Why Seller’s Financing Makes Sense

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Many buyers of businesses are looking to invest in businesses which they can afford to purchase outright, even if this involves short-term Earn-out agreements, which typically are not arranged primarily for finance shortfall reasons.

However, many of those looking to build a portfolio of businesses or looking to acquire a seriously high-value business may need to source finance.

Traditional business loans from banks and other major lenders are difficult to obtain for business investment. Currently, banks are highly risk-averse and even when lending for more conventional business purchases they will be restricting lending to home equity based loans.

Amazingly, after all these years of online business progress, the major banks still tend to be out of their lending comfort zones in the business website world, not really understanding or being confident about the way it operates. One of their main reasons for securing the loan with home equity is that banks cannot secure the loan against the physical assets of an online business and they are reluctant to place a value on ‘goodwill’ or business profitability potential.

We’ll cover SBA loans in a future blog post where the situation is entirely different.

Unsecured loans from small business loan specialists, including online lenders, are more readily available but generally come with unattractively high interest rates and often burdening fee structures. Private equity firms which finance online business acquisitions tend to be interested only at high-value levels, and with lots of strings attached including an intrusive degree of business control or oversight.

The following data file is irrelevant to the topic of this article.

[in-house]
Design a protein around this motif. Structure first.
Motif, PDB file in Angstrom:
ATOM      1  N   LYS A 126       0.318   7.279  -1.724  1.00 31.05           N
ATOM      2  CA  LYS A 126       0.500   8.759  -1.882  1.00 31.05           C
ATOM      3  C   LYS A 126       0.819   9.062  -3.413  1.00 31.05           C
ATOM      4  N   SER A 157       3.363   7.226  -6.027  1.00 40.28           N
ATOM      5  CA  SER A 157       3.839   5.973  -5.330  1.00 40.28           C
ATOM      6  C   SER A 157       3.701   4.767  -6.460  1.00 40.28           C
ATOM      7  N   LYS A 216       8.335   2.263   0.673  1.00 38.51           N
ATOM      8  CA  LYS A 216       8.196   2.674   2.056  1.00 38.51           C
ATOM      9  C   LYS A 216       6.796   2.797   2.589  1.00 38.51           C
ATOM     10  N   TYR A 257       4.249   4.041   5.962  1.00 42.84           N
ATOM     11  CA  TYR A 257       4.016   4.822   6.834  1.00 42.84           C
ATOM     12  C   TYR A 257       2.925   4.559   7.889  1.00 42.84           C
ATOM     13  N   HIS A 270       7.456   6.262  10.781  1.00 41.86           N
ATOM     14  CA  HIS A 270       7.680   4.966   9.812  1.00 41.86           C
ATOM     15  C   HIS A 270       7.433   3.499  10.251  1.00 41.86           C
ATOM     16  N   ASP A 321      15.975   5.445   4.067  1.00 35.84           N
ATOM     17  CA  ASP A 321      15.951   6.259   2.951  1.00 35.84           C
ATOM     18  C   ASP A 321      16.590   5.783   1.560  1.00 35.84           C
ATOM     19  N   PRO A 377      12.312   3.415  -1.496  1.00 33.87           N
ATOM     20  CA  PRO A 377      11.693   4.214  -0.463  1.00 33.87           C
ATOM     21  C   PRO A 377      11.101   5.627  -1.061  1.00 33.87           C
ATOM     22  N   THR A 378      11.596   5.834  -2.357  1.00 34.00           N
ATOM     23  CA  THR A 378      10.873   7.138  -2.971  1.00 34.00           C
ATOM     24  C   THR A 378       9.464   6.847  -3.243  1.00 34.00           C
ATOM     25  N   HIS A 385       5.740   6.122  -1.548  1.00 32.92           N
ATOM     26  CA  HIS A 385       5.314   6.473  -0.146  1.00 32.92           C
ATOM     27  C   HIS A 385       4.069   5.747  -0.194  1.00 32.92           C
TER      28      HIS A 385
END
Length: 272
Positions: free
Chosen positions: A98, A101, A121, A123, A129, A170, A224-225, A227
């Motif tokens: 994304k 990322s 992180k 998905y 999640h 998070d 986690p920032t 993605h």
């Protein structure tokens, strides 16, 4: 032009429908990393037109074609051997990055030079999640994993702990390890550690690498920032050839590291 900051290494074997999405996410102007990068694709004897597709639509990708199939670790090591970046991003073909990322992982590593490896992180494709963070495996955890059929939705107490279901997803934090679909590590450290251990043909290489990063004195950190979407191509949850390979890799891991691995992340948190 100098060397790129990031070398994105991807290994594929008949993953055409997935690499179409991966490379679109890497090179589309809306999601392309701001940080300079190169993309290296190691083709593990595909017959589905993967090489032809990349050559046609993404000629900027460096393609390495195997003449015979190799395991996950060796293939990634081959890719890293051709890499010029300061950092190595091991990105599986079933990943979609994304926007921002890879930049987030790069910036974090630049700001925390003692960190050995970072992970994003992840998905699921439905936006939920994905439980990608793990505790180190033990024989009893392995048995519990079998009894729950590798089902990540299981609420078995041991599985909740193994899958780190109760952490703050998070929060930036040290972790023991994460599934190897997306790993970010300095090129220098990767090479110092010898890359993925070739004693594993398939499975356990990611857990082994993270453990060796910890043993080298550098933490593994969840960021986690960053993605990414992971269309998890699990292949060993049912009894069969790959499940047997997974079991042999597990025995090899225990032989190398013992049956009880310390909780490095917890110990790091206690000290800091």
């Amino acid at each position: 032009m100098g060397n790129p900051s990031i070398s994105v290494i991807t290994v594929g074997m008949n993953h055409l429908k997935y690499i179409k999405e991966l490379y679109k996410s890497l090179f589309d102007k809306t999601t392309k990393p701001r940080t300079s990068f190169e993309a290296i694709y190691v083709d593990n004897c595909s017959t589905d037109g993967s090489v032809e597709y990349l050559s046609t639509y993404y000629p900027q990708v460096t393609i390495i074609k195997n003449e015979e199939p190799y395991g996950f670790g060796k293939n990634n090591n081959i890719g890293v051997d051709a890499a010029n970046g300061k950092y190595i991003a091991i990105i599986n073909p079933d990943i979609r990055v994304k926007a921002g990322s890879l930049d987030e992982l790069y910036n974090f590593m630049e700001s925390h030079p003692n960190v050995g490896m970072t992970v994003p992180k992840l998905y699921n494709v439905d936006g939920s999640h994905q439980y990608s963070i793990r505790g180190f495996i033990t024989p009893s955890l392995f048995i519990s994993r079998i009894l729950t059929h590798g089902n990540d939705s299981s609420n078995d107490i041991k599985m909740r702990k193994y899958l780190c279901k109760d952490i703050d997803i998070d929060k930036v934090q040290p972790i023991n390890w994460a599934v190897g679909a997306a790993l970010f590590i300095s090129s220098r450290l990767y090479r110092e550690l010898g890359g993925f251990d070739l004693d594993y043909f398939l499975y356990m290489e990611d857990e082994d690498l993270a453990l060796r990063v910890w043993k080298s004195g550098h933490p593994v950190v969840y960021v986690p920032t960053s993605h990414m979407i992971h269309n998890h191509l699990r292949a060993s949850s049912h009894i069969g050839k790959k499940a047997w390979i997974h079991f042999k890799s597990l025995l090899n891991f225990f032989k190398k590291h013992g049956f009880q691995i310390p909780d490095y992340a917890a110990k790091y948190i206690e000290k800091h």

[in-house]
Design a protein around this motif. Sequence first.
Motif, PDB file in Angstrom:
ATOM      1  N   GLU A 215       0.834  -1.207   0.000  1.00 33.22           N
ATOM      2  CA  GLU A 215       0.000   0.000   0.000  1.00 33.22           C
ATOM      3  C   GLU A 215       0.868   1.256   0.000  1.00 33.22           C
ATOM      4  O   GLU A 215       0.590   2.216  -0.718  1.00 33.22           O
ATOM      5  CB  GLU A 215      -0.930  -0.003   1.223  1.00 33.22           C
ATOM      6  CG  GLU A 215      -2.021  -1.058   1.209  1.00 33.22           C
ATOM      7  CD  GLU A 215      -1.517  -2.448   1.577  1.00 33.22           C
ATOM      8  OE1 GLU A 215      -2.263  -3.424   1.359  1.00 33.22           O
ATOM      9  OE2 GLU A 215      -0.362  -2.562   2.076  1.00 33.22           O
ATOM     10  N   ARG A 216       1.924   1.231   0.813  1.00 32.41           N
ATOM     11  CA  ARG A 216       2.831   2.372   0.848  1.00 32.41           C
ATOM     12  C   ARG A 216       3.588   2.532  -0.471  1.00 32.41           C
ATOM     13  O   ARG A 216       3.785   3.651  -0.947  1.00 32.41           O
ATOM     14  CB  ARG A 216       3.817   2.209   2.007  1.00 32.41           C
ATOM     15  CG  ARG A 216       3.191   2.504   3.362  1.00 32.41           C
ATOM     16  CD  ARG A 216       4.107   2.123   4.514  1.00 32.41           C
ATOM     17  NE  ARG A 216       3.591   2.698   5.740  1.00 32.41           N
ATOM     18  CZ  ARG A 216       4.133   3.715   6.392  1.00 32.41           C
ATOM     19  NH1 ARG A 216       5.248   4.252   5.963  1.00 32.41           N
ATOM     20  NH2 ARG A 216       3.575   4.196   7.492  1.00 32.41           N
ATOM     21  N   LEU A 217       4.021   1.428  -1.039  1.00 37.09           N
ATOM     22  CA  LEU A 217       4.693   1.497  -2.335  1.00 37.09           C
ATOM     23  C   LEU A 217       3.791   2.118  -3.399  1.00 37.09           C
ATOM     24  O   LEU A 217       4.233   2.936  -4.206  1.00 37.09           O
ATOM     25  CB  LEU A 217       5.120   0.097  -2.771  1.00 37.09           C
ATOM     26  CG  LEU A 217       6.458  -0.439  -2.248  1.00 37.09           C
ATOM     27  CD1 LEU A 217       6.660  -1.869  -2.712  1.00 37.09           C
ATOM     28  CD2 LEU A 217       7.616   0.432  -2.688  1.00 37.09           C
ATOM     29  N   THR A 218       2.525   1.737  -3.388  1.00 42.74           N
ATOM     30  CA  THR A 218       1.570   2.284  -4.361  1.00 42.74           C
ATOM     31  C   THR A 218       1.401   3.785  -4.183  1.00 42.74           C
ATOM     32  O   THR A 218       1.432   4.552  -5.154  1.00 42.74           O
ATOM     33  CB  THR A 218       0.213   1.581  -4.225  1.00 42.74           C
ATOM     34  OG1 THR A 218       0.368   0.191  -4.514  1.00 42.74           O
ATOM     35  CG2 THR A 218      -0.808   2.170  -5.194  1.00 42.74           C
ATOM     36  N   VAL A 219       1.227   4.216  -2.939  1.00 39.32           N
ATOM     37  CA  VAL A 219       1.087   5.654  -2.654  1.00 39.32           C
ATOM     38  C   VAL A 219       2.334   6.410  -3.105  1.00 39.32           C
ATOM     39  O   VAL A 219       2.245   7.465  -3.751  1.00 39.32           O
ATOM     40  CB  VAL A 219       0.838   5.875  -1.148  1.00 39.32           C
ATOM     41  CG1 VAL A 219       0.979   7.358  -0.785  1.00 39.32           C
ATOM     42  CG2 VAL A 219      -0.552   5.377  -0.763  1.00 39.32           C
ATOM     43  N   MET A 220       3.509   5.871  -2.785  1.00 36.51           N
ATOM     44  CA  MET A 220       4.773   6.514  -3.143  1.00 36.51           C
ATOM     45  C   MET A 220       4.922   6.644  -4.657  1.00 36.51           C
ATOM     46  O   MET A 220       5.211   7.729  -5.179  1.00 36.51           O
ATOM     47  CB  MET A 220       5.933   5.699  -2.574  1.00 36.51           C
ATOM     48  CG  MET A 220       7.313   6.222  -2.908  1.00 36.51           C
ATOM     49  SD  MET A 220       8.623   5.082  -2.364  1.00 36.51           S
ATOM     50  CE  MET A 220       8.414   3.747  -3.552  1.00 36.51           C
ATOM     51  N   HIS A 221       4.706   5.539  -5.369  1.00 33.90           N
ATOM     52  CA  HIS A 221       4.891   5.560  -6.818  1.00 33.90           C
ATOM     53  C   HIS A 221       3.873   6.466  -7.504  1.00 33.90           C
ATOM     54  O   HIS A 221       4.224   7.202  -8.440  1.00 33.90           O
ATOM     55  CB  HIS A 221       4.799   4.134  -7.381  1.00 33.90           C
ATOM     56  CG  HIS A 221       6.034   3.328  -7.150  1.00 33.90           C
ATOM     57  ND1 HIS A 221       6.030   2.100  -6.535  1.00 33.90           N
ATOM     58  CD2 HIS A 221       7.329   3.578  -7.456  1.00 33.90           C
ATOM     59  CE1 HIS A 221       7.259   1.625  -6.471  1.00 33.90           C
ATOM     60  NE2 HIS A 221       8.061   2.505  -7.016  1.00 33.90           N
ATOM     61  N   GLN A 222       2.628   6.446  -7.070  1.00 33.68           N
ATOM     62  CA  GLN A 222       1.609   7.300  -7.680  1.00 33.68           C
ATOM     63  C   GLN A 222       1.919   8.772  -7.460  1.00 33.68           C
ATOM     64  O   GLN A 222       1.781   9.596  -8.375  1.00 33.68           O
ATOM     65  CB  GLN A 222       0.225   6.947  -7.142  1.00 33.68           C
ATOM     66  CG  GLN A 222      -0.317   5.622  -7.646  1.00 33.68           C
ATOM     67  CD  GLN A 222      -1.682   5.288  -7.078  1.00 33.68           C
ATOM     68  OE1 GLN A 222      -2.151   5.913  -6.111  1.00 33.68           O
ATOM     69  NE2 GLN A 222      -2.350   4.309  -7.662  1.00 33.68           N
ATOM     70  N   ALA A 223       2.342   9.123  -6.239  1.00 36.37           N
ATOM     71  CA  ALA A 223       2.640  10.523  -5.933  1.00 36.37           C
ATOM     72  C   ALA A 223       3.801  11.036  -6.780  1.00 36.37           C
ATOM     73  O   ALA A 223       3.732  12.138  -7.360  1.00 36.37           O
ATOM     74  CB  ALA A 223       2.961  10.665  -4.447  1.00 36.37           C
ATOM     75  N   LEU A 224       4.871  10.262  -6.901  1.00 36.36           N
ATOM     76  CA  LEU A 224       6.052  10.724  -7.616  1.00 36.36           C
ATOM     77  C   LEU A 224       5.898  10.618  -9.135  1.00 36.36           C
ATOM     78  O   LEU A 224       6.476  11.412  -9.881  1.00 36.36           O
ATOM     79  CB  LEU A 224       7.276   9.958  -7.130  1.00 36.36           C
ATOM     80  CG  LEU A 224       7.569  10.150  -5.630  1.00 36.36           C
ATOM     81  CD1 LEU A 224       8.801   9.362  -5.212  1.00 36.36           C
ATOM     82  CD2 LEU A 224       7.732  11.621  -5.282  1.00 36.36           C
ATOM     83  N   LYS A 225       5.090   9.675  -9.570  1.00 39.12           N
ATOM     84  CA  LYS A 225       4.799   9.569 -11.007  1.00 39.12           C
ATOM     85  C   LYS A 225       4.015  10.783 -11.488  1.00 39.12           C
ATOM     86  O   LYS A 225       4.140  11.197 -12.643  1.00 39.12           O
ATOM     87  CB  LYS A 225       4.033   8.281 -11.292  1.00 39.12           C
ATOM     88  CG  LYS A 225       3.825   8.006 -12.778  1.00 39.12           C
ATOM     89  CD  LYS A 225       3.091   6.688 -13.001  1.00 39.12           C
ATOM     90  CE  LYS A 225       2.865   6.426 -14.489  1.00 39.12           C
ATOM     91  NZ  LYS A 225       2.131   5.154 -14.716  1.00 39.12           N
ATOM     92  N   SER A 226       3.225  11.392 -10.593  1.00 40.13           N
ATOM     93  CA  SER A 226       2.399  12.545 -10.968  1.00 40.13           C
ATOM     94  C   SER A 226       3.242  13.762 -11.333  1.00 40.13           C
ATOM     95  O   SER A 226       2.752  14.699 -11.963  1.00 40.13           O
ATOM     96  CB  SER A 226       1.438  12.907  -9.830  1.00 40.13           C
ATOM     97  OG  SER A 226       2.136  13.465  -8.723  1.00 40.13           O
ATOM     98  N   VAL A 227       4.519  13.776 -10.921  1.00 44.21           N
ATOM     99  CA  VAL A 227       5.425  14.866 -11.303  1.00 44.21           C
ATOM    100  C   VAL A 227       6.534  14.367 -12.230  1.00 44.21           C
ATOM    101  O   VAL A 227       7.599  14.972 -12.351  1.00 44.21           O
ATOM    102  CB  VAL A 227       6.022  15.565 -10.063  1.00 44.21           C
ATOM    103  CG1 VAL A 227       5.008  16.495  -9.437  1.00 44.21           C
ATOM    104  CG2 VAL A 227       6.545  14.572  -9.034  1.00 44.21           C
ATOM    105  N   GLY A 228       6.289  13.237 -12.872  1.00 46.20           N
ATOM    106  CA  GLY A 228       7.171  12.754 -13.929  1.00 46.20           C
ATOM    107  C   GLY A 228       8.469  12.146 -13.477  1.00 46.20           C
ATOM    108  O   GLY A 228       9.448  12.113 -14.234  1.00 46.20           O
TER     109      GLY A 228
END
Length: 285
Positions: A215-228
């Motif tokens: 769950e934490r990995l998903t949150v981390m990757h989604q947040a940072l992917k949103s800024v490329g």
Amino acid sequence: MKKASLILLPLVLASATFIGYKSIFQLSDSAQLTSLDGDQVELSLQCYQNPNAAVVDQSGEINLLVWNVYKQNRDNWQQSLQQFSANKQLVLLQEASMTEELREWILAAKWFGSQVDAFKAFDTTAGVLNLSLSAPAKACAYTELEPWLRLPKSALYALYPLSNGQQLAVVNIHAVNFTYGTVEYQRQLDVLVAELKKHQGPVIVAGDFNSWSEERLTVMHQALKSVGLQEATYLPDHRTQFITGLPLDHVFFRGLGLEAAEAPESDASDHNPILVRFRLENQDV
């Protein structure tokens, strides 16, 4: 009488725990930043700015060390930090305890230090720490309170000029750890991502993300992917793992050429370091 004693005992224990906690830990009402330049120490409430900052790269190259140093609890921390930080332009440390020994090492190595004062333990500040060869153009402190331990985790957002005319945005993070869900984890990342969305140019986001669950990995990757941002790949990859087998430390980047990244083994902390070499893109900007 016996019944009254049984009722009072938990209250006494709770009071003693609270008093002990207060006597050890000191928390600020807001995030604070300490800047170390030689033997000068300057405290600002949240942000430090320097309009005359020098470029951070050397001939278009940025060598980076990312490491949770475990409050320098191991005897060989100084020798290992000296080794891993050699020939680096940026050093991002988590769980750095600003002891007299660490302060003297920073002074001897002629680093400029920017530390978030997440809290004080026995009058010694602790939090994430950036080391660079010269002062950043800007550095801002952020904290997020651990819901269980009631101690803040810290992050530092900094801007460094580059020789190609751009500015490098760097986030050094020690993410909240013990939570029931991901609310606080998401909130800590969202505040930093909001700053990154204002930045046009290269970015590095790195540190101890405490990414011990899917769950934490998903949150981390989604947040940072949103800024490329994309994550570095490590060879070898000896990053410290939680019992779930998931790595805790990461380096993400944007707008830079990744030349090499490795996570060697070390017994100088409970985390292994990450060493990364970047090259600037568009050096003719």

Why you should consider seller’s financing

Whether you are a buyer or a seller, give serious thought to the mutual benefits of vendor financing.

As a seller, if you are in need of the full purchase amount immediately, then of course this arrangement is out of the question. However, you will greatly increase the pool of potential buyers and the purchase price achieved if you are able to offer vendor finance for an agreed proportion of the purchase price. Unlike an Earn-out agreement which is usually limited to a minor proportion of the cost of purchase, does not entail interest payments, and is generally paid out in full within an agreed number of months, seller financing funds a proportion of the purchase with a longer-term payout period and with interest charged on the remaining balance until final settlement.

To illustrate, the owner of the business (owned outright and with no existing mortgages or liens attaching to the business) agrees to a sale price of $100,000. The buyer who has only $40,000 available as deposit, after judiciously retaining sufficient funds for immediate operating expenses and contingencies, has been enticed to pay a premium price because of the availability of seller finance. Ideally, the upfront payment is better to be between 60% and 80% of the total sale value. A reasonable interest rate to be applied to the outstanding monthly balance is agreed in installments preferably no longer than 6 or 12 months.